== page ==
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Yesterday, the Chicago Cubs agreed to terms with outfielder Xavier Nady on a one-year, $3.3 million deal, which also offers some $2 million in incentives for games played. Nady, 31, essentially did not play last year after elbow problems led to his second Tommy John surgery. Now fully-recovered, the Cubs hope Nady can be a good platoon-mate for Kosuke Fukudome in right field, and can back-up Alfonso Soriano in left field and Derrek Lee at first base. Nady is expected to take his physical later this week, and because of the two Tommy John surgeries, it is less perfunctory than others might be.

In his last full season – the 2008 season, split between the Pirates and the Yankees – Nady was excellent: .305/.357/.510, with 25 homers, 97 RBI, and 37 doubles. Had Nady put up those numbers last year for the Cubs, he would have been the best outfielder, and second best hitter on the entire team. His career line is a very solid .280/.335/.458. The guy can hit.

If Nady starts putting up those 2008 kind of numbers, it will be hard to keep him out of the starting lineup. However, expecting a return to top numbers is probably a bit ambitious – but not for the reason you might think.

You can feel free to be less concerned about any lingering elbow issues, which should have a minimal effect on Nady at the plate. Instead, be more concerned with the fact that he has not faced Major League pitching in over a year. Hopefully he’s completely healthy in Spring Training, and can take that time to see a whole lot of pitches.

In the field, of course, Nady’s elbow will be something of a concern. Positional players who return from Tommy John surgery are less impacted than pitchers, but usually there is a visible impact. Prior to this second surgery – the first was almost ten years ago – Nady was considered an average defender in the corner outfield spots, and a below average defender in center field, where he hasn’t played in a few years. He hasn’t played at first base much in the past few years, either, but presumably his defense there is nothing special.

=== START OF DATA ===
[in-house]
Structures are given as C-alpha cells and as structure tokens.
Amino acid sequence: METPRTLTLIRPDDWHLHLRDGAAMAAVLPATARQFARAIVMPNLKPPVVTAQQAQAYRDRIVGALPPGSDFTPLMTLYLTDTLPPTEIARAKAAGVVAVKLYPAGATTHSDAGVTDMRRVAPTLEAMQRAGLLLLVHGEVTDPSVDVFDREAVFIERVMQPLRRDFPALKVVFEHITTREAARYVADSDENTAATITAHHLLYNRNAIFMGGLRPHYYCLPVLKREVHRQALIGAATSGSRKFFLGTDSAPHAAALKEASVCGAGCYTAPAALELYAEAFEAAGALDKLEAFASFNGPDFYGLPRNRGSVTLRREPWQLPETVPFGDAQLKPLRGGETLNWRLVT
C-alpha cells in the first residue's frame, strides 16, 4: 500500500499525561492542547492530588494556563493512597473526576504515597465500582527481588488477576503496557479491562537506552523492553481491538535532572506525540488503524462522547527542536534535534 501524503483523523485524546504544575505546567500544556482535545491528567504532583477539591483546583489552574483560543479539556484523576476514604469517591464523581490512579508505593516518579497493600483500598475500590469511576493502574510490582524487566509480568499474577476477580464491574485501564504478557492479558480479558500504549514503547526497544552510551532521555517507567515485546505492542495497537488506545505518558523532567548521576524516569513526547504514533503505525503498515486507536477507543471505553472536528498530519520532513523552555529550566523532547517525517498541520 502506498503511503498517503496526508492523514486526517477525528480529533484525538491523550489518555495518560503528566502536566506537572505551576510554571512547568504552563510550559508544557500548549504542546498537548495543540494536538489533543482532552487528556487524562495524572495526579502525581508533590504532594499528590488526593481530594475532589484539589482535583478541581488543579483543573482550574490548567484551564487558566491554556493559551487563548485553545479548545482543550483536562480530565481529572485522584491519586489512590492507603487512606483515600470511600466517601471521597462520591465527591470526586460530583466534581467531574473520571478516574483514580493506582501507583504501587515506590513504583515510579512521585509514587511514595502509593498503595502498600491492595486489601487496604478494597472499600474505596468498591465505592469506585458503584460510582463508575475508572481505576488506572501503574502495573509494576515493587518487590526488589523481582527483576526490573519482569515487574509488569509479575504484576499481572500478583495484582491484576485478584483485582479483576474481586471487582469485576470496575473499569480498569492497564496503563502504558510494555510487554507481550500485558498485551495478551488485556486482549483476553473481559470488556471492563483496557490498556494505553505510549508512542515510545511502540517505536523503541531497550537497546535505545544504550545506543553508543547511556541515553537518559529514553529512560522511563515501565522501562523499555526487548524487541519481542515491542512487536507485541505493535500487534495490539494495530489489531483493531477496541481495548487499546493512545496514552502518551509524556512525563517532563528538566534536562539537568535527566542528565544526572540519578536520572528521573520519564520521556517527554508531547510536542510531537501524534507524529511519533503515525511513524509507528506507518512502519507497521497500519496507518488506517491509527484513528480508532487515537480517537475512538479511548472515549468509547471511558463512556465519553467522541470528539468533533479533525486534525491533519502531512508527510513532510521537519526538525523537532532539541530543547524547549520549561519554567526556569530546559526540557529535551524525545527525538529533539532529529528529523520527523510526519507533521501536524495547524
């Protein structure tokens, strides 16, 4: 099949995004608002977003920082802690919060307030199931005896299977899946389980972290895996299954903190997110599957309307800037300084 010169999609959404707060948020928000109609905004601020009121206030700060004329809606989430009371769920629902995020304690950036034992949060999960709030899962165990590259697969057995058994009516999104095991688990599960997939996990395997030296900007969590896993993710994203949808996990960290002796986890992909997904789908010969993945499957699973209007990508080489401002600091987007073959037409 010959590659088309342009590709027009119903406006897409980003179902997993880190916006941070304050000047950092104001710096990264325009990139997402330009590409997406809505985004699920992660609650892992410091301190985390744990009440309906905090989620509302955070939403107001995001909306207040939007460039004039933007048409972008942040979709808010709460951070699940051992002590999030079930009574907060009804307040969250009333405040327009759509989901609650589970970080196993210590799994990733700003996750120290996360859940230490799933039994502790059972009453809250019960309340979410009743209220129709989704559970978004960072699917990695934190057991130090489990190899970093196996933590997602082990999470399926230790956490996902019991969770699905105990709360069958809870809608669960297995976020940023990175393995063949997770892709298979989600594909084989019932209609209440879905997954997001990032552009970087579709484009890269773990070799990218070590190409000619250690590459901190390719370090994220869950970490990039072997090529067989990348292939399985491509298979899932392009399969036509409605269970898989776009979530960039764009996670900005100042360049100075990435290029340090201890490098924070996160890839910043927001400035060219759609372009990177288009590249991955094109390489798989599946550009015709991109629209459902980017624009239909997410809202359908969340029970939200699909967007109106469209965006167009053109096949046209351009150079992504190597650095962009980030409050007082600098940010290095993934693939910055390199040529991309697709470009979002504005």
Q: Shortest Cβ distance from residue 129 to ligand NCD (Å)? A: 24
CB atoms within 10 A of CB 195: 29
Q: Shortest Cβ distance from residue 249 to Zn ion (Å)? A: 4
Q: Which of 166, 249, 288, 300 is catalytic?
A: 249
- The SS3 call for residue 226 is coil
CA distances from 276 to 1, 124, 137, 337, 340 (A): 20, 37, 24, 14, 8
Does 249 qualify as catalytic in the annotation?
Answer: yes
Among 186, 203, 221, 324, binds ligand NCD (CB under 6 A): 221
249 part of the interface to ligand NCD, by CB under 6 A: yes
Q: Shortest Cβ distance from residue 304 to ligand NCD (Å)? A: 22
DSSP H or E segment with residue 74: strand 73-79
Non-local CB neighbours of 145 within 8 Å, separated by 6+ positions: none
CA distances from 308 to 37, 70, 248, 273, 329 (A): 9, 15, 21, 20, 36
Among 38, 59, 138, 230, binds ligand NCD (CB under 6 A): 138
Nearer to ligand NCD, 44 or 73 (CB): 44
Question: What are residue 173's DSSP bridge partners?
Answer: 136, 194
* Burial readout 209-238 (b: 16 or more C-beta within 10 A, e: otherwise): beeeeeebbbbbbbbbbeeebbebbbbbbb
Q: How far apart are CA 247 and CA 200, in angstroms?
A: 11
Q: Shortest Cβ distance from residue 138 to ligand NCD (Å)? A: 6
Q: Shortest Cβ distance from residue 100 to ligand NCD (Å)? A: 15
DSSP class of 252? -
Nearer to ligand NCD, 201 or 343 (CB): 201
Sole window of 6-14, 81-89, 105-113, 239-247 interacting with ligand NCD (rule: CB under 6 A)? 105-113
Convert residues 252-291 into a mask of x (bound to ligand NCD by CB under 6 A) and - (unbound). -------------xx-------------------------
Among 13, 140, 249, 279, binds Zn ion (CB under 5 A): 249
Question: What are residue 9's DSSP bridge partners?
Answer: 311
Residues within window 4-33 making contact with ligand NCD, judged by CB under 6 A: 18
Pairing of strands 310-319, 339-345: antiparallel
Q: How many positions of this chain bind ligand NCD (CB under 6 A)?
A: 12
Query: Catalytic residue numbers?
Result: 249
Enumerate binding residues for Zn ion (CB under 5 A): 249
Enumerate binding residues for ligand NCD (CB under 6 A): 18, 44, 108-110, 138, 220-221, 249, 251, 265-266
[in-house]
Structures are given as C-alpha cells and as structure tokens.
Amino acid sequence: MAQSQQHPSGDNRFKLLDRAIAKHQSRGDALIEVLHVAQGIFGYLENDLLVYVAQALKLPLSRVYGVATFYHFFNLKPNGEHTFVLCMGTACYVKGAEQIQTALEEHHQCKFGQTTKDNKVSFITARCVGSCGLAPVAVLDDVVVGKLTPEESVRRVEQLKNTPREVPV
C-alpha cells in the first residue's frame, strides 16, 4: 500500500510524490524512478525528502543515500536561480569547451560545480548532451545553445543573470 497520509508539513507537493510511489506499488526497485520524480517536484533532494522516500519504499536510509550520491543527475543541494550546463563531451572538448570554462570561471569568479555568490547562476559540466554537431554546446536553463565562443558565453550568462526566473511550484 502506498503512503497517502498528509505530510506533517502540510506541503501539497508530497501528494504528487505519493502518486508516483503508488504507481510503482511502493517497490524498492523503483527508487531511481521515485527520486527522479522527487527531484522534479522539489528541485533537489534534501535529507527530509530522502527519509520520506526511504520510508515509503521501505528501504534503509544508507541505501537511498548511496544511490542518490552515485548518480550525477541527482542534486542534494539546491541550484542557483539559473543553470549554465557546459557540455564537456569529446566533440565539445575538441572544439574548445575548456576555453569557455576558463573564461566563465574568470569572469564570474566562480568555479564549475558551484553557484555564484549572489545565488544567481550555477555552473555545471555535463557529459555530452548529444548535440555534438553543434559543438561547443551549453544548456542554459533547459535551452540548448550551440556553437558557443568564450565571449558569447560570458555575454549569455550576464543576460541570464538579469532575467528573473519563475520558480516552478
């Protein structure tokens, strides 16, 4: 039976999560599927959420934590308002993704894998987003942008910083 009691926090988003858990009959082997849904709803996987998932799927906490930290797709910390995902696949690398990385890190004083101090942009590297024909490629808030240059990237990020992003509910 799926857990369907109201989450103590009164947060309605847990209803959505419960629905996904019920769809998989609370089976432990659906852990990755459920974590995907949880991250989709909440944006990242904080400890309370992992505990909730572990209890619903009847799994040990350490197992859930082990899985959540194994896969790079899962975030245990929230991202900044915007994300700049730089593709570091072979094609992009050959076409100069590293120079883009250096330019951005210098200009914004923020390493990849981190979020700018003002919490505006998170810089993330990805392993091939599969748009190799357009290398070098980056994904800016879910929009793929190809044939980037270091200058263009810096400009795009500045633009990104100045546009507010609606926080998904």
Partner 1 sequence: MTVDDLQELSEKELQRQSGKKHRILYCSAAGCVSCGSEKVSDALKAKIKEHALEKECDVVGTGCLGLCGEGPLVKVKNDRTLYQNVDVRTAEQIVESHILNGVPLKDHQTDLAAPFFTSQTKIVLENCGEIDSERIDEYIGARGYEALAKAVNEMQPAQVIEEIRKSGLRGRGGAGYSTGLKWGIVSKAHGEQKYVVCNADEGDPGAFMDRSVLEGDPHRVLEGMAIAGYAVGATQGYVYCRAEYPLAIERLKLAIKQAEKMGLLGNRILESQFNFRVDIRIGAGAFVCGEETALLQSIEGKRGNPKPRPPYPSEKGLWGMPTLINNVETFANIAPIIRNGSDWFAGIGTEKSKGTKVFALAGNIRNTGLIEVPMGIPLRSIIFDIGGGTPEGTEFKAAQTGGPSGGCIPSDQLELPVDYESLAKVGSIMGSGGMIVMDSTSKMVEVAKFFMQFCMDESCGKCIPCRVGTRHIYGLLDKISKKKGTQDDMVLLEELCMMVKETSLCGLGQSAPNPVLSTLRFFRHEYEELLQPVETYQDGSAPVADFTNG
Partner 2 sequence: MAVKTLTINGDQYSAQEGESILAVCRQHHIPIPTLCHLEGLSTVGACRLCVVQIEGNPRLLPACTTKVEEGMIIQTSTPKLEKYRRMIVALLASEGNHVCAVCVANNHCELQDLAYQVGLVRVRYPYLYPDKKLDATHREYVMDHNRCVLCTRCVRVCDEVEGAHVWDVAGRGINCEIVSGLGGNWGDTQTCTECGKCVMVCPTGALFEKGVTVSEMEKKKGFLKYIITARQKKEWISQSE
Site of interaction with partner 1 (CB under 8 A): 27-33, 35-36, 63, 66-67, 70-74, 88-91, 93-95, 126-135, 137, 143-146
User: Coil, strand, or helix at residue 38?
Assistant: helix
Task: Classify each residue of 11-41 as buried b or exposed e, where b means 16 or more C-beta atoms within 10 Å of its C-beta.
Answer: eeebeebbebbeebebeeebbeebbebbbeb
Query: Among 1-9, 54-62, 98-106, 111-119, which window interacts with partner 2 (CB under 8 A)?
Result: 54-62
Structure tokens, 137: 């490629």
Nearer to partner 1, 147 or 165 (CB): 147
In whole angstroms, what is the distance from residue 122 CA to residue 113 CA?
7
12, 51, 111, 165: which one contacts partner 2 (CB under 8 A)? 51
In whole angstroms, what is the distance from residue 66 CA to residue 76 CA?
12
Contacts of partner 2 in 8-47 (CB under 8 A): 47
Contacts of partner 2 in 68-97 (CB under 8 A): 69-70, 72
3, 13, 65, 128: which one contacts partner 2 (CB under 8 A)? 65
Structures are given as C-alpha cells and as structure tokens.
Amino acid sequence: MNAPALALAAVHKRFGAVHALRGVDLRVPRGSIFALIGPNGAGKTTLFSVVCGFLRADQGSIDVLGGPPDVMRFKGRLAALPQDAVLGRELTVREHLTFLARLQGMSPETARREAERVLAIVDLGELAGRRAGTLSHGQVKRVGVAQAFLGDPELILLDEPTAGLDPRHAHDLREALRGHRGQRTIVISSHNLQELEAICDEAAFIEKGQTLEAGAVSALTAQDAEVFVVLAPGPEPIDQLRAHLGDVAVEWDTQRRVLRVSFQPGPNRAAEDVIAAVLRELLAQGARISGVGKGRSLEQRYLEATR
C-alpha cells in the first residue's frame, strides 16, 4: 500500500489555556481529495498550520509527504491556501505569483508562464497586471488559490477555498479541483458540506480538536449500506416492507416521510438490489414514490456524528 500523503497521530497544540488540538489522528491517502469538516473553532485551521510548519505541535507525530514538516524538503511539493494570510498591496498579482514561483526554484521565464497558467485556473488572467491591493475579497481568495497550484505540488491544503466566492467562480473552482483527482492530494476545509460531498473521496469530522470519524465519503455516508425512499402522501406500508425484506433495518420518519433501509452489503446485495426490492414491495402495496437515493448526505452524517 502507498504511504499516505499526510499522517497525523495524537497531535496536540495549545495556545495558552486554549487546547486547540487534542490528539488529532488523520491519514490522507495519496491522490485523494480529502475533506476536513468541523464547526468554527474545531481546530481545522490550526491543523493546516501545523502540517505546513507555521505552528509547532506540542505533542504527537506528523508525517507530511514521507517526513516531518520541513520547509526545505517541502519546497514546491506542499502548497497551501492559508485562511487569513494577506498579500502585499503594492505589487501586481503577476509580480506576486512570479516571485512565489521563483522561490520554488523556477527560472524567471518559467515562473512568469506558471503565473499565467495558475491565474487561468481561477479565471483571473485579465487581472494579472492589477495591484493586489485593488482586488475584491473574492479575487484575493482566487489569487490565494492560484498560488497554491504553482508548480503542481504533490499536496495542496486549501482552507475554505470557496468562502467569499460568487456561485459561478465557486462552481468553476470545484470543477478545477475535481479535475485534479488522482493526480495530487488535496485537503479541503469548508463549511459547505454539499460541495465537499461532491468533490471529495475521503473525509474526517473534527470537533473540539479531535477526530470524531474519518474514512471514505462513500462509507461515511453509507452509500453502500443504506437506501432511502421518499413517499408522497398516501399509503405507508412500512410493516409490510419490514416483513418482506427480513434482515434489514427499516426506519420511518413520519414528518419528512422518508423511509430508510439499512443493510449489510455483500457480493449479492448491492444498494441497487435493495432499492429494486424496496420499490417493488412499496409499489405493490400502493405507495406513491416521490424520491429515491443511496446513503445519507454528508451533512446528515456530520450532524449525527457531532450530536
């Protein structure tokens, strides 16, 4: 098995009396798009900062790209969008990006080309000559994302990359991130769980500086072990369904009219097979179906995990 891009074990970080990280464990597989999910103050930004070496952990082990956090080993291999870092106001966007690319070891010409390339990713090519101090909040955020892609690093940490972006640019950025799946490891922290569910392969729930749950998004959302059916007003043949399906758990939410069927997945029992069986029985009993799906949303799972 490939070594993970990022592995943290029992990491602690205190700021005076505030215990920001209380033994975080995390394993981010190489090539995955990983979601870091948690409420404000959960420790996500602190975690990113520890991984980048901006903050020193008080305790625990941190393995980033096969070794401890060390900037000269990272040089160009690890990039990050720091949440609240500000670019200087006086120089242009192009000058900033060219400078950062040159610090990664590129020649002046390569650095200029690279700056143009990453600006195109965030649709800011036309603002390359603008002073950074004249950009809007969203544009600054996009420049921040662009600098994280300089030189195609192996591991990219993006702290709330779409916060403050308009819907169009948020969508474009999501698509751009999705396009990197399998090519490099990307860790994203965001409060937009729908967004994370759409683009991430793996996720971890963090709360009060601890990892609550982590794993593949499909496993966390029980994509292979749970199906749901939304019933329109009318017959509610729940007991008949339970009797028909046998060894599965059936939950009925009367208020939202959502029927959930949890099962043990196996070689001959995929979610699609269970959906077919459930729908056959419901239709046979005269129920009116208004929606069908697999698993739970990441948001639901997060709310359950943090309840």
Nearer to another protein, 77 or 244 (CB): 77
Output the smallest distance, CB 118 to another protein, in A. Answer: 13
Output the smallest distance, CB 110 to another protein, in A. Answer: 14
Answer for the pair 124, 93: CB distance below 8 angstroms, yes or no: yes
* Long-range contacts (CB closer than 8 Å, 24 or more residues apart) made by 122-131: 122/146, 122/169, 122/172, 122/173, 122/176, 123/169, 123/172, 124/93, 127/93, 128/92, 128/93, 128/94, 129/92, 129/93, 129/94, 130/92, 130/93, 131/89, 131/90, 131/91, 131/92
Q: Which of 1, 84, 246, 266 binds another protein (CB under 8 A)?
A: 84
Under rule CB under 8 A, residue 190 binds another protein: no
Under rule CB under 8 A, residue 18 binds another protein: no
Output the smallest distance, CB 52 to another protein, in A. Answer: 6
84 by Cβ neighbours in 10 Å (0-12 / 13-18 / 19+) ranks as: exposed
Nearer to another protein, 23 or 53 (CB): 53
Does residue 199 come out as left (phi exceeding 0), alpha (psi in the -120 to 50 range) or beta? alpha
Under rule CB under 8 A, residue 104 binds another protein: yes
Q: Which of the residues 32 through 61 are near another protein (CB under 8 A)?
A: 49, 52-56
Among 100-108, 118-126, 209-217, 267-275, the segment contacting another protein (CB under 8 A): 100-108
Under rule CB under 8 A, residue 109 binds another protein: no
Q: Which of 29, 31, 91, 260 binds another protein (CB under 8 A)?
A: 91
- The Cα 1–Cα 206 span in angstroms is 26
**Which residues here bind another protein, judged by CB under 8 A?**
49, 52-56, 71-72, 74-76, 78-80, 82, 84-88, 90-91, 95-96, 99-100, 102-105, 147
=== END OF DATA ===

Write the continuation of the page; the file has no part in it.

In the end, if healthy, Xavier Nady makes this Chicago Cubs team much better. In fact, he probably makes the team better than almost any other bench signing could have. But the “if healthy,” as it is with any player, is a huge caveat here. There is reason for confidence here, however. Given the plethora of options for the Cubs – Jonny Gomes, Jermaine Dye, Reed Johnson, Rocco Baldelli – the team would not have given Nady such a relatively large guaranteed commitment if they weren’t confident about his health.

One last interesting tidbit: Nady will make more this year than the free agent “starting” outfielder the Cubs signed. Marlon Byrd’s 2010 salary is just $3 million, compared to Nady’s $3.3 million. Of course, Byrd’s three-year deal was heavily backloaded, and averages $5 million per year. Then again, if Nady hits his performance bonuses, he’ll eclipse that number, too.

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